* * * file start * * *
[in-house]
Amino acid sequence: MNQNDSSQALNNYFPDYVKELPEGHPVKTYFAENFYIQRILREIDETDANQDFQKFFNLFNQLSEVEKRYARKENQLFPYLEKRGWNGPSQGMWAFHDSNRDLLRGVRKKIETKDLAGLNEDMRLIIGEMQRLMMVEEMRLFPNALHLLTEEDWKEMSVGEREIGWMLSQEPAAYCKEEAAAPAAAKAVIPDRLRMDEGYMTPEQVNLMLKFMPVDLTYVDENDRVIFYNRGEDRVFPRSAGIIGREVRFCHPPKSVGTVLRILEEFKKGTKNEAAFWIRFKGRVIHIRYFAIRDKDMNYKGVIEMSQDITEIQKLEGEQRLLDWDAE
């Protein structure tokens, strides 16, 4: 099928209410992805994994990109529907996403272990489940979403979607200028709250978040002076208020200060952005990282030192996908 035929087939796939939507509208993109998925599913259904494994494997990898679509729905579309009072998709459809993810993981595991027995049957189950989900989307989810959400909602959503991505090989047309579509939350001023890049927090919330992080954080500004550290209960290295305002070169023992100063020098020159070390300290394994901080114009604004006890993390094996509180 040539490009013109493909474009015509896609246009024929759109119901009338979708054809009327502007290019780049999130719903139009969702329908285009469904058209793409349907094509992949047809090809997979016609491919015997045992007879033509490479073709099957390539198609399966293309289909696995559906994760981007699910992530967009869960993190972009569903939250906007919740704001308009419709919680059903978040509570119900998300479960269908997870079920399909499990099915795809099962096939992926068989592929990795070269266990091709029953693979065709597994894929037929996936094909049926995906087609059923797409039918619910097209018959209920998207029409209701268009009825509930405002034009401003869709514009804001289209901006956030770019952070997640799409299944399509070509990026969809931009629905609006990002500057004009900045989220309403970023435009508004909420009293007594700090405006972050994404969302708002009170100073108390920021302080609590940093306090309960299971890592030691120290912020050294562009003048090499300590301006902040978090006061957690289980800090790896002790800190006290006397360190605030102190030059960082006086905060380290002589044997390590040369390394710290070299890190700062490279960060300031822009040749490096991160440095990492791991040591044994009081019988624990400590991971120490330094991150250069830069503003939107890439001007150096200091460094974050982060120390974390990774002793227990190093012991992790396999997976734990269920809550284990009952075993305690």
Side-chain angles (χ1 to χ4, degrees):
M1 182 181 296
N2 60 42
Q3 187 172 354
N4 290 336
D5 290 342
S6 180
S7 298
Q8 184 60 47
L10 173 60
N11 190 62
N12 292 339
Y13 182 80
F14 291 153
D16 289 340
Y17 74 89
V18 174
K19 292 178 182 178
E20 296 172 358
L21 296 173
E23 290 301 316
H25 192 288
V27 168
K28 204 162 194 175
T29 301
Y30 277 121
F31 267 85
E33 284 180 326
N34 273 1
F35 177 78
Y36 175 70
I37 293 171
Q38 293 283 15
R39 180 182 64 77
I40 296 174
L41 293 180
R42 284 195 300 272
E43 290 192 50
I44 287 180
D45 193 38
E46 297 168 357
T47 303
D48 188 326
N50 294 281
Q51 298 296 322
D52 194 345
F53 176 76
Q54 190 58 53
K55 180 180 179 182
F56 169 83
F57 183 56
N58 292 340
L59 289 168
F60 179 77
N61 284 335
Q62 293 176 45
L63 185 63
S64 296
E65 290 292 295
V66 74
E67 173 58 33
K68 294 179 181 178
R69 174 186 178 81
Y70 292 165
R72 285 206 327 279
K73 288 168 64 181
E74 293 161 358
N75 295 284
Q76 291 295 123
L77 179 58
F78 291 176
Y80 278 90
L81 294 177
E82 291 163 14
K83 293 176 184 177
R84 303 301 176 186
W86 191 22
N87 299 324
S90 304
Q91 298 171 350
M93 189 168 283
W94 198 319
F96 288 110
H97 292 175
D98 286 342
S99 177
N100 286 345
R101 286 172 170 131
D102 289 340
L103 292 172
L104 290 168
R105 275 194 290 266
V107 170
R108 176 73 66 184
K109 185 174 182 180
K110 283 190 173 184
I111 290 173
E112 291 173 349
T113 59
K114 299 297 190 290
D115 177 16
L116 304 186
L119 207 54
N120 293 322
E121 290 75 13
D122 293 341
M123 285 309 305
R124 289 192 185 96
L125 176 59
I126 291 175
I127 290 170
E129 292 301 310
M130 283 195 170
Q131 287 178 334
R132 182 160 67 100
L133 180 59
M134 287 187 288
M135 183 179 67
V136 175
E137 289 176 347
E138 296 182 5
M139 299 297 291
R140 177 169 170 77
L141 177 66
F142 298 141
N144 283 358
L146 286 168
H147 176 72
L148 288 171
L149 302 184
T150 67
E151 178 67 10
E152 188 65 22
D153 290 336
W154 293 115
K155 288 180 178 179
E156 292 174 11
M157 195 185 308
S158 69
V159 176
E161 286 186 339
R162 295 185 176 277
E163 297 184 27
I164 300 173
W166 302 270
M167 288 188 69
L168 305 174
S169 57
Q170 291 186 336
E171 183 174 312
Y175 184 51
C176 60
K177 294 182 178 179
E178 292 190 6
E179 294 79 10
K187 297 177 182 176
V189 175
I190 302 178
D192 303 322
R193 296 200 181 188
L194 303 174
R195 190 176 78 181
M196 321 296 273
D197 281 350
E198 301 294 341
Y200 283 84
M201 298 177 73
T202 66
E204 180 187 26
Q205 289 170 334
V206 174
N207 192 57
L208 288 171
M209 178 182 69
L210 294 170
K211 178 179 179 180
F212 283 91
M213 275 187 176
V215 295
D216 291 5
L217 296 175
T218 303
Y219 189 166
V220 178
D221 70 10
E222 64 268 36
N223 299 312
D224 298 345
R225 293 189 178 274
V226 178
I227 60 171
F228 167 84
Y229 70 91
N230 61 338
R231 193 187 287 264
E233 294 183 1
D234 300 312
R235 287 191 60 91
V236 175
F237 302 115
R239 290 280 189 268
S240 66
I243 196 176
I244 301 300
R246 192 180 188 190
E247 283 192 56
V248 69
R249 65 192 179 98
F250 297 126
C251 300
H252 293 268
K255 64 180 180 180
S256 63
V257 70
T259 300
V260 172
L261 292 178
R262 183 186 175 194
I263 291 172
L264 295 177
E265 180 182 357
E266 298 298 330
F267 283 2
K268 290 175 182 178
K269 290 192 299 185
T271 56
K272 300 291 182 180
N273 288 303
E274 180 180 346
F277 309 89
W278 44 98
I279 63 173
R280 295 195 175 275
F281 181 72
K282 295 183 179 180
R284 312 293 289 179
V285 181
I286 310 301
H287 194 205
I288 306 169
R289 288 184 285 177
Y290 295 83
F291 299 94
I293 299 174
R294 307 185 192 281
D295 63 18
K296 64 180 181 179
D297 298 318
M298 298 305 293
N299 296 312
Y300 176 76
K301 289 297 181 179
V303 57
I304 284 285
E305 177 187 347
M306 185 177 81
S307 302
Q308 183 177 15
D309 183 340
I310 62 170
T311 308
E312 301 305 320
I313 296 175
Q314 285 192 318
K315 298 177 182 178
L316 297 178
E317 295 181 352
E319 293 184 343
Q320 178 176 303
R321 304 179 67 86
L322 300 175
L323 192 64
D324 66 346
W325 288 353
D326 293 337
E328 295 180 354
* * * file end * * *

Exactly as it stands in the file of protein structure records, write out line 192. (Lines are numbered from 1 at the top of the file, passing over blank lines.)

R225 293 189 178 274